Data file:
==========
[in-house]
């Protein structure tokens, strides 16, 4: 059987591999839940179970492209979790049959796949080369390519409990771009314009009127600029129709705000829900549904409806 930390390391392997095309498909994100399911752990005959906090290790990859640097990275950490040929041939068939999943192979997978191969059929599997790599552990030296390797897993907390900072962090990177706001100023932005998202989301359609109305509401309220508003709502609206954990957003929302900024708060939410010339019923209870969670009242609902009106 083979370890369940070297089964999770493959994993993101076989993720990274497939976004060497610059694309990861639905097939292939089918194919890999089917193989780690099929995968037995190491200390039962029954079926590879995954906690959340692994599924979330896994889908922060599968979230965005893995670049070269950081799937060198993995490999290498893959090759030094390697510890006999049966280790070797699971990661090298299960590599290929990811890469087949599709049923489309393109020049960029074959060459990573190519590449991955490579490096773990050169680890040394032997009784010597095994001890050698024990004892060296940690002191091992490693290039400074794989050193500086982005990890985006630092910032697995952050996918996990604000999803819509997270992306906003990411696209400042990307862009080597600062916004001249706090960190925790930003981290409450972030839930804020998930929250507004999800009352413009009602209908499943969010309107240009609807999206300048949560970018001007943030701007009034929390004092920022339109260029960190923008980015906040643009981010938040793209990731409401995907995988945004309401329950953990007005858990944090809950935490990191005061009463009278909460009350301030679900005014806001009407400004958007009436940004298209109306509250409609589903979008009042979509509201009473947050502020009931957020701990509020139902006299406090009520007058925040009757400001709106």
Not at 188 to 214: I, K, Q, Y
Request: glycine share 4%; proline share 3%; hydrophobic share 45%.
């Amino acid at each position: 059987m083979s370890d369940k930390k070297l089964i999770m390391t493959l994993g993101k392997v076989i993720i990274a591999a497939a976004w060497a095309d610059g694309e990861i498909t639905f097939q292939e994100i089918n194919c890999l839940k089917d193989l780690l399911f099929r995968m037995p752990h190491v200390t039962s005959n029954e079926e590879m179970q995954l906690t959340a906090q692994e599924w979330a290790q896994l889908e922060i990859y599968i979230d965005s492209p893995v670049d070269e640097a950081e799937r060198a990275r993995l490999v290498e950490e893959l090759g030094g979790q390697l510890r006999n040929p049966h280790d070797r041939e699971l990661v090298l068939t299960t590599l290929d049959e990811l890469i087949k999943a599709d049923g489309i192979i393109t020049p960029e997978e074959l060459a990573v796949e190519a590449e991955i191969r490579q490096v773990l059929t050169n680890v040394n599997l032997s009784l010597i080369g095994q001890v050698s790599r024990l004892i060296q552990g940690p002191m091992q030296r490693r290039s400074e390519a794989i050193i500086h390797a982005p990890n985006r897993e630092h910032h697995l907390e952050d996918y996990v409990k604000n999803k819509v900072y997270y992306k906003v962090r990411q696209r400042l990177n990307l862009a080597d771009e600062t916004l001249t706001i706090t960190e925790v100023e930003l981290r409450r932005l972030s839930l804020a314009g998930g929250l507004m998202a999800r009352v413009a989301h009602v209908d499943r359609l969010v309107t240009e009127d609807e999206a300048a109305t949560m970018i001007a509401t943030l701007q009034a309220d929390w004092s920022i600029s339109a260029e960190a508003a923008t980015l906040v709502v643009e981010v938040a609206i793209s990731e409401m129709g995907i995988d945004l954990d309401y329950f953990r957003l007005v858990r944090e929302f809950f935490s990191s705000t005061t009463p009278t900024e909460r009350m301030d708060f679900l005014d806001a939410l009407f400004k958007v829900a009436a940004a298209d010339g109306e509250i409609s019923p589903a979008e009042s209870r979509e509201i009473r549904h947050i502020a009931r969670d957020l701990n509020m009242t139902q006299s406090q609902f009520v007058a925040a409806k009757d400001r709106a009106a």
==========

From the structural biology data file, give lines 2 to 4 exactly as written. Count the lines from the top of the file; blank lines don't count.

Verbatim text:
């Protein structure tokens, strides 16, 4: 059987591999839940179970492209979790049959796949080369390519409990771009314009009127600029129709705000829900549904409806 930390390391392997095309498909994100399911752990005959906090290790990859640097990275950490040929041939068939999943192979997978191969059929599997790599552990030296390797897993907390900072962090990177706001100023932005998202989301359609109305509401309220508003709502609206954990957003929302900024708060939410010339019923209870969670009242609902009106 083979370890369940070297089964999770493959994993993101076989993720990274497939976004060497610059694309990861639905097939292939089918194919890999089917193989780690099929995968037995190491200390039962029954079926590879995954906690959340692994599924979330896994889908922060599968979230965005893995670049070269950081799937060198993995490999290498893959090759030094390697510890006999049966280790070797699971990661090298299960590599290929990811890469087949599709049923489309393109020049960029074959060459990573190519590449991955490579490096773990050169680890040394032997009784010597095994001890050698024990004892060296940690002191091992490693290039400074794989050193500086982005990890985006630092910032697995952050996918996990604000999803819509997270992306906003990411696209400042990307862009080597600062916004001249706090960190925790930003981290409450972030839930804020998930929250507004999800009352413009009602209908499943969010309107240009609807999206300048949560970018001007943030701007009034929390004092920022339109260029960190923008980015906040643009981010938040793209990731409401995907995988945004309401329950953990007005858990944090809950935490990191005061009463009278909460009350301030679900005014806001009407400004958007009436940004298209109306509250409609589903979008009042979509509201009473947050502020009931957020701990509020139902006299406090009520007058925040009757400001709106």
Not at 188 to 214: I, K, Q, Y
Request: glycine share 4%; proline share 3%; hydrophobic share 45%.